Using the barcode scanning feature, the Libib app lets you scan up to 100,000 books, so no matter how massive your home library is, you should have plenty of space for new titles! As well as books, you can also catalog other items you collect, such as video games, movies, and albums.

Older books without barcodes can be entered manually, and every entry you make is 100% editable after it’s been saved; if you give it away or sell it, you can update your library right away.

The basic version of the app is free, or you can upgrade to the paid version, which has a ton of additional features.

There are tools to keep track of how often you read, so you can set daily, weekly or monthly goals if you’d like to challenge yourself.

You can also read and upload your own reviews for every book you own to share with the public. Plus, you can rate existing reviews for their accuracy or add your own personal opinion.


  • Free and paid options available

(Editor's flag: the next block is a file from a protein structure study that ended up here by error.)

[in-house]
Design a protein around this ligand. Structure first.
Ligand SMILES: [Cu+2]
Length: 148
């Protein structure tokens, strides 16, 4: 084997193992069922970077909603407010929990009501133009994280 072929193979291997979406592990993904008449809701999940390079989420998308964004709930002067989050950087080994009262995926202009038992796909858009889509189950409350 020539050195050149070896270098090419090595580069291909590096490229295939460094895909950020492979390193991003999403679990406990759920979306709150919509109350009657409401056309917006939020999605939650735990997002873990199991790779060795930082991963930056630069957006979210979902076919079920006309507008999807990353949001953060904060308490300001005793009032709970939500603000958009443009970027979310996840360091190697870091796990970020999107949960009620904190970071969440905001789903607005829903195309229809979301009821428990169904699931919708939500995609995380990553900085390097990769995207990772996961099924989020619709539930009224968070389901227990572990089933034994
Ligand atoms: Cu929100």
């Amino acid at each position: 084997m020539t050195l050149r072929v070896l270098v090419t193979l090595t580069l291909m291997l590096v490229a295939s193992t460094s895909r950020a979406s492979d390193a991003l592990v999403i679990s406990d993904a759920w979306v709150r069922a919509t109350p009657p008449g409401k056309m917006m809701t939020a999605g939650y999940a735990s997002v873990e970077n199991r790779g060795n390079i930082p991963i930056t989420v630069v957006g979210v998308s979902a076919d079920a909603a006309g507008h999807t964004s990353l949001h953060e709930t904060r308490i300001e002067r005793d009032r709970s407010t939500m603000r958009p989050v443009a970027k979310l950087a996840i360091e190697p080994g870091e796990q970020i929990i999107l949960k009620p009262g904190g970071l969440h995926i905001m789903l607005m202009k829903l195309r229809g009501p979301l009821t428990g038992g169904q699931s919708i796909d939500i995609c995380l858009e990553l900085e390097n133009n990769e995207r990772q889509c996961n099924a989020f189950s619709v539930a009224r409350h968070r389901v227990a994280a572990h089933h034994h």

• Barcode scanning feature
  • Store up to 100,000 books
  • Catalog movies, music, and videogames
  • Track your reading
  • Read and add reviews

3. iBookshelf

iBookshelf is currently the top-ranked book database app in the app store. It allows you to keep track of and organize your physical and digital books, all in one place.

Like the other apps on this list, you can catalog your home library using the barcode scanning feature. The app then immediately pulls up the details of each book you own from 16 different sources around the internet, including international sources. You can also search for books manually via the ISBN number, the title, and/or the author.